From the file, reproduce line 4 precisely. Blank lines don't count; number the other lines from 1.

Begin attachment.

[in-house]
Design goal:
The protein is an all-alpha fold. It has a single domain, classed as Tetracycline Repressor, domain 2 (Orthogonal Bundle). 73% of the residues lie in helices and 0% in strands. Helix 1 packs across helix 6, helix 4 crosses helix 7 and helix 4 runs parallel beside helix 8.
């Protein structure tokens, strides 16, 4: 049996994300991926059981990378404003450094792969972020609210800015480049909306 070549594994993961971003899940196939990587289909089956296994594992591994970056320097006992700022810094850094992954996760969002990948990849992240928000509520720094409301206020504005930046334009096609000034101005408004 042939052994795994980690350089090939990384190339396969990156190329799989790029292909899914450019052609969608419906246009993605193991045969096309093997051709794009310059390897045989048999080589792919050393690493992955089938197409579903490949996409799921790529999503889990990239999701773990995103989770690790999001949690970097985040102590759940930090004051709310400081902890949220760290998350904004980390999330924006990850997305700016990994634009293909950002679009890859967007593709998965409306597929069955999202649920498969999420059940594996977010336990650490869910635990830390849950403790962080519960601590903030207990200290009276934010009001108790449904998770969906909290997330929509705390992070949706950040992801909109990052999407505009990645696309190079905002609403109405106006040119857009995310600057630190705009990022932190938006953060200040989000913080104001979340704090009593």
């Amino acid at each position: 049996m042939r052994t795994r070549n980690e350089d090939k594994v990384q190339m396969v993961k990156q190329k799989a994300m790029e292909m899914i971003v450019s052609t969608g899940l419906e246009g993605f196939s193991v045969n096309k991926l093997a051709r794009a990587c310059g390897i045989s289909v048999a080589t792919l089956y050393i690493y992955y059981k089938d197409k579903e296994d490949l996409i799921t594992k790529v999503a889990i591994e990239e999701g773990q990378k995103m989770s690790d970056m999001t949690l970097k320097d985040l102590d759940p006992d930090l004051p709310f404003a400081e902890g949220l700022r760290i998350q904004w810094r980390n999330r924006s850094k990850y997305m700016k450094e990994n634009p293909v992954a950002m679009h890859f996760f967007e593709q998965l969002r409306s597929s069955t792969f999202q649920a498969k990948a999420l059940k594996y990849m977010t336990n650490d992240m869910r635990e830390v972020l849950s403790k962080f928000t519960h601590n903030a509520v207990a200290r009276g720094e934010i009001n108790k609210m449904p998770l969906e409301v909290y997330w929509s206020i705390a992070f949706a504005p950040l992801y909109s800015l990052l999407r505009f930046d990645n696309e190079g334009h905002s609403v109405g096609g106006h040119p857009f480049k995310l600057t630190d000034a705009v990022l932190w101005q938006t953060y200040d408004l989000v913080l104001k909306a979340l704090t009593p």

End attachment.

């Protein structure tokens, strides 16, 4: 049996994300991926059981990378404003450094792969972020609210800015480049909306 070549594994993961971003899940196939990587289909089956296994594992591994970056320097006992700022810094850094992954996760969002990948990849992240928000509520720094409301206020504005930046334009096609000034101005408004 042939052994795994980690350089090939990384190339396969990156190329799989790029292909899914450019052609969608419906246009993605193991045969096309093997051709794009310059390897045989048999080589792919050393690493992955089938197409579903490949996409799921790529999503889990990239999701773990995103989770690790999001949690970097985040102590759940930090004051709310400081902890949220760290998350904004980390999330924006990850997305700016990994634009293909950002679009890859967007593709998965409306597929069955999202649920498969999420059940594996977010336990650490869910635990830390849950403790962080519960601590903030207990200290009276934010009001108790449904998770969906909290997330929509705390992070949706950040992801909109990052999407505009990645696309190079905002609403109405106006040119857009995310600057630190705009990022932190938006953060200040989000913080104001979340704090009593």